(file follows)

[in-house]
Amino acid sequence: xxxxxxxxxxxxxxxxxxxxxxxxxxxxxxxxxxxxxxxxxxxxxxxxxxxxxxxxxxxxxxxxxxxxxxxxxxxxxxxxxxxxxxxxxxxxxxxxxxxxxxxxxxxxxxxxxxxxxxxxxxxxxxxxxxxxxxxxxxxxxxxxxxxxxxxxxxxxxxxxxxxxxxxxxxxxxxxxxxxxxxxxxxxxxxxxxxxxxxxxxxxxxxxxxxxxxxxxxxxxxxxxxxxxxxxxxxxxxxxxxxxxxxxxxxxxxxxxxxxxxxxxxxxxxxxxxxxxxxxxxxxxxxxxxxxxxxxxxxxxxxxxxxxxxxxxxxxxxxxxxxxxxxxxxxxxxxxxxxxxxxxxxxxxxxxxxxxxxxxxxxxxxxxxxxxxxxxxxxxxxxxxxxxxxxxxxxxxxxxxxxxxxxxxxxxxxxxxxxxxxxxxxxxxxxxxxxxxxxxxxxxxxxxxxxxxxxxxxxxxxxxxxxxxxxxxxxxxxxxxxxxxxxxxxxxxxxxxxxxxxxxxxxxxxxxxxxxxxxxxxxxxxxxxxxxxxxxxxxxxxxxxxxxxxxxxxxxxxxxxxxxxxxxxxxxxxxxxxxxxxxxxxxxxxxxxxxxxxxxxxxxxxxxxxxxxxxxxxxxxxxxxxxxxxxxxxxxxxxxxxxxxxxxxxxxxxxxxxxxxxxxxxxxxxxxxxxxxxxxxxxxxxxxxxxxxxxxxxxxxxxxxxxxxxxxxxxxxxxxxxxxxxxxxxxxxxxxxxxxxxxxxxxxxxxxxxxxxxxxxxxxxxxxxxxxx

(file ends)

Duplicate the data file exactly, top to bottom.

[in-house]
Amino acid sequence: xxxxxxxxxxxxxxxxxxxxxxxxxxxxxxxxxxxxxxxxxxxxxxxxxxxxxxxxxxxxxxxxxxxxxxxxxxxxxxxxxxxxxxxxxxxxxxxxxxxxxxxxxxxxxxxxxxxxxxxxxxxxxxxxxxxxxxxxxxxxxxxxxxxxxxxxxxxxxxxxxxxxxxxxxxxxxxxxxxxxxxxxxxxxxxxxxxxxxxxxxxxxxxxxxxxxxxxxxxxxxxxxxxxxxxxxxxxxxxxxxxxxxxxxxxxxxxxxxxxxxxxxxxxxxxxxxxxxxxxxxxxxxxxxxxxxxxxxxxxxxxxxxxxxxxxxxxxxxxxxxxxxxxxxxxxxxxxxxxxxxxxxxxxxxxxxxxxxxxxxxxxxxxxxxxxxxxxxxxxxxxxxxxxxxxxxxxxxxxxxxxxxxxxxxxxxxxxxxxxxxxxxxxxxxxxxxxxxxxxxxxxxxxxxxxxxxxxxxxxxxxxxxxxxxxxxxxxxxxxxxxxxxxxxxxxxxxxxxxxxxxxxxxxxxxxxxxxxxxxxxxxxxxxxxxxxxxxxxxxxxxxxxxxxxxxxxxxxxxxxxxxxxxxxxxxxxxxxxxxxxxxxxxxxxxxxxxxxxxxxxxxxxxxxxxxxxxxxxxxxxxxxxxxxxxxxxxxxxxxxxxxxxxxxxxxxxxxxxxxxxxxxxxxxxxxxxxxxxxxxxxxxxxxxxxxxxxxxxxxxxxxxxxxxxxxxxxxxxxxxxxxxxxxxxxxxxxxxxxxxxxxxxxxxxxxxxxxxxxxxxxxxxxxxxxxx